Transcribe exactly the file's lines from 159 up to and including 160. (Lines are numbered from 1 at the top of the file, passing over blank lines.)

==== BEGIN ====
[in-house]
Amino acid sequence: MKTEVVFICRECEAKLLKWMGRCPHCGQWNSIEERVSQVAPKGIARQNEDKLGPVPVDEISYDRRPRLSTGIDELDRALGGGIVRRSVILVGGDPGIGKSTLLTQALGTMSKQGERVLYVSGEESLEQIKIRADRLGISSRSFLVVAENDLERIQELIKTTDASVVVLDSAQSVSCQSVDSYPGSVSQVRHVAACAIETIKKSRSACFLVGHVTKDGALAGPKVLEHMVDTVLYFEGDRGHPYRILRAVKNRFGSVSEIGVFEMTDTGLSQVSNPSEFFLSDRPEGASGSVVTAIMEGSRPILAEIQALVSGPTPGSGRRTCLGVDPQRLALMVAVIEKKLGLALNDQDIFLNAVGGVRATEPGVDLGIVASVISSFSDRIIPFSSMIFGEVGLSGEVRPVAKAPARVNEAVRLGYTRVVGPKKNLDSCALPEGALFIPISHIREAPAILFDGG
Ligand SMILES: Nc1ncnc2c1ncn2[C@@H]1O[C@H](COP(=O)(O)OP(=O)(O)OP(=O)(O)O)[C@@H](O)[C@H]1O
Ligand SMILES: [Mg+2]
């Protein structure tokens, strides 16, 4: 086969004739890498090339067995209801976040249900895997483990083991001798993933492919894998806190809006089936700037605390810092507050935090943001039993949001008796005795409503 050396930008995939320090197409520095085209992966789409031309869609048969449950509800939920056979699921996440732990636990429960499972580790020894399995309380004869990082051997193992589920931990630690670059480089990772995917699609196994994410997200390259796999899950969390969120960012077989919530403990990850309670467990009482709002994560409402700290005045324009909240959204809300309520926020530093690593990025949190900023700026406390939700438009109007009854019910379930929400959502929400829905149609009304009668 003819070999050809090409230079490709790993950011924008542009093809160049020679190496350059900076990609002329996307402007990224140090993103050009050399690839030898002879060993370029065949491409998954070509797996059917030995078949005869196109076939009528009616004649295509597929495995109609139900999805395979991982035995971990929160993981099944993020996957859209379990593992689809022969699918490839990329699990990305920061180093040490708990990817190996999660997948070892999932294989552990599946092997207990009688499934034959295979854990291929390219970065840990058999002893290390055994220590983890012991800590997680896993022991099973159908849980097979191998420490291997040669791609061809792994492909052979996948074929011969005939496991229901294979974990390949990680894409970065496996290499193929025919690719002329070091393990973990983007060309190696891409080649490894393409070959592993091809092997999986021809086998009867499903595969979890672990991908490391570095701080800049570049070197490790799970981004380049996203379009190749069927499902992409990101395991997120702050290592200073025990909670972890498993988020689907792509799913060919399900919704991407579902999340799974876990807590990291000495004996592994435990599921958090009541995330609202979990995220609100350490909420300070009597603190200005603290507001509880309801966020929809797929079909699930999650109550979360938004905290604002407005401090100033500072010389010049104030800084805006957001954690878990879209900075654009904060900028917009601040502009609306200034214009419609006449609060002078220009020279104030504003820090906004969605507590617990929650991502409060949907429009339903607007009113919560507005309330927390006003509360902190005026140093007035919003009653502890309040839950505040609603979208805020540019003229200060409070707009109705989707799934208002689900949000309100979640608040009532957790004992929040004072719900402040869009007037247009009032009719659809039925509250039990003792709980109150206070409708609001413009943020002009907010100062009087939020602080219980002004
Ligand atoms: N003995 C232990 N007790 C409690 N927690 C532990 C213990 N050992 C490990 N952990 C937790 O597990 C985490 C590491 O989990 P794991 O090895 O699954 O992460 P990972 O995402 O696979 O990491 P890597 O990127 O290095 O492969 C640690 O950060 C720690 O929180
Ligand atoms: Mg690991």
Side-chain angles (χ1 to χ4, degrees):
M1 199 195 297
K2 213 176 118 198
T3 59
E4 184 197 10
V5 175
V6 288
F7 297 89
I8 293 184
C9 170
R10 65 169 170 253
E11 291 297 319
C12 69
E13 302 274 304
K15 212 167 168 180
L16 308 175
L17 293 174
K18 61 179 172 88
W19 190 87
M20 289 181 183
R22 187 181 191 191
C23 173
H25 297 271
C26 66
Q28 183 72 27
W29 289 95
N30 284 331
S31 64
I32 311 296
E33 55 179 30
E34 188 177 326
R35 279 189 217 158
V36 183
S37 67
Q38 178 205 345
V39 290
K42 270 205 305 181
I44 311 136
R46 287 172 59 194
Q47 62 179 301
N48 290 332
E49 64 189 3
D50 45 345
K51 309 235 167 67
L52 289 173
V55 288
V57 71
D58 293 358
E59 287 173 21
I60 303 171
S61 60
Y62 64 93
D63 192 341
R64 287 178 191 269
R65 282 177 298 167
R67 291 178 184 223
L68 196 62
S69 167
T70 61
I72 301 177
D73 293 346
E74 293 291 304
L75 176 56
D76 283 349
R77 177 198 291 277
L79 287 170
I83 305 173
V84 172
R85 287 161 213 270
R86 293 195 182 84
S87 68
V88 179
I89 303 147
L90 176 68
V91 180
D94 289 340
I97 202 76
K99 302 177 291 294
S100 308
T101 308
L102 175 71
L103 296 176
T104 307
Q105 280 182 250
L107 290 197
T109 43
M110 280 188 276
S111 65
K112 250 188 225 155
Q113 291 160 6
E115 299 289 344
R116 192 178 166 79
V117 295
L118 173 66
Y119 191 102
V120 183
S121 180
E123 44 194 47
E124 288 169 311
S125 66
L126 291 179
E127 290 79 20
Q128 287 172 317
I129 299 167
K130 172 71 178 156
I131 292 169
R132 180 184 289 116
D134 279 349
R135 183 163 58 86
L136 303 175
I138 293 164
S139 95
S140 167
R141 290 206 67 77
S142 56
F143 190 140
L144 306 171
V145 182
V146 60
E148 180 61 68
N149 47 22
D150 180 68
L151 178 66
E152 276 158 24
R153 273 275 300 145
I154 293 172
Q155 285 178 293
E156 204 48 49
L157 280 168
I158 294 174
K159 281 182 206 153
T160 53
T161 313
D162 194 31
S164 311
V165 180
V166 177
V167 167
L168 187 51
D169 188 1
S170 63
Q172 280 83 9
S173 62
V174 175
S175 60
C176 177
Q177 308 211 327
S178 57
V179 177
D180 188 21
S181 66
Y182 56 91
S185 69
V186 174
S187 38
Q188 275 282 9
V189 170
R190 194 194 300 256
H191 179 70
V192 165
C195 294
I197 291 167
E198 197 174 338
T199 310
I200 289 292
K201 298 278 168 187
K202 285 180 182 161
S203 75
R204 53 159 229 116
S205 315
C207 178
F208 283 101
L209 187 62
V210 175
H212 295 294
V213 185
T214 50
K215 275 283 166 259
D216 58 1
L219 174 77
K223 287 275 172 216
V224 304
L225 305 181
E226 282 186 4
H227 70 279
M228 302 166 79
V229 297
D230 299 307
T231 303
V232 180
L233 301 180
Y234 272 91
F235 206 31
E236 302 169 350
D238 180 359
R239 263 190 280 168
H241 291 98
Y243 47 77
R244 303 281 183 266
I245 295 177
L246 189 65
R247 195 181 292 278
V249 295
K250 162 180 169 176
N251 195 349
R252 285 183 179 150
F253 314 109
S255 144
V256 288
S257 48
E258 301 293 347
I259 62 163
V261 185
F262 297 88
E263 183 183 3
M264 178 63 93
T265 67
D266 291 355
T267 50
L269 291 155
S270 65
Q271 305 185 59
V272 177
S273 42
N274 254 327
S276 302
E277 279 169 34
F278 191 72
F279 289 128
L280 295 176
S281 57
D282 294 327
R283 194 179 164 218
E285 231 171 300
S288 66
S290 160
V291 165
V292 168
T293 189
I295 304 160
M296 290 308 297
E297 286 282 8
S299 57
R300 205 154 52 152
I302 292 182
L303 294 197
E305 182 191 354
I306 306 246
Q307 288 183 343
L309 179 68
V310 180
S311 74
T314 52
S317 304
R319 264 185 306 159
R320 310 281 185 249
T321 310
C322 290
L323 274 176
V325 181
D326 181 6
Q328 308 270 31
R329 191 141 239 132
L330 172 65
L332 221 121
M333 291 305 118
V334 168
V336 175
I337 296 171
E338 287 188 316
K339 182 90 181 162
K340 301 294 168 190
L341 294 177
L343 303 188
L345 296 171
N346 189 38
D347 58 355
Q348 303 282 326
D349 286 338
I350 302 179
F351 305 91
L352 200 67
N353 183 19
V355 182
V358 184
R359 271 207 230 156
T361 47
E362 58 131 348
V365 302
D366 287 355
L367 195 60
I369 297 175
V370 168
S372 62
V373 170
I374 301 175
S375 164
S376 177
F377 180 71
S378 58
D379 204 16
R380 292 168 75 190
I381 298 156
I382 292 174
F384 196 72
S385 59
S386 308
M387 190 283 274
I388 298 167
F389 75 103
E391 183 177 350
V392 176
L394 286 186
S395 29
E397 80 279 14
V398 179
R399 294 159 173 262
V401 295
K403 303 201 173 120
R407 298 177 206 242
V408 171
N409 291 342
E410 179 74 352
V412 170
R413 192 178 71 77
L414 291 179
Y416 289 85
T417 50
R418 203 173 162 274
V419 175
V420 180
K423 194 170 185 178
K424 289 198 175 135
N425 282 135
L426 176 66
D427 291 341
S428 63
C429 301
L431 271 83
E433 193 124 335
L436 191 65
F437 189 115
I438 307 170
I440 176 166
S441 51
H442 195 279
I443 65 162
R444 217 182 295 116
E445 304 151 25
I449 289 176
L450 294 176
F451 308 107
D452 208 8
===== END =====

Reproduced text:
Y182 56 91
S185 69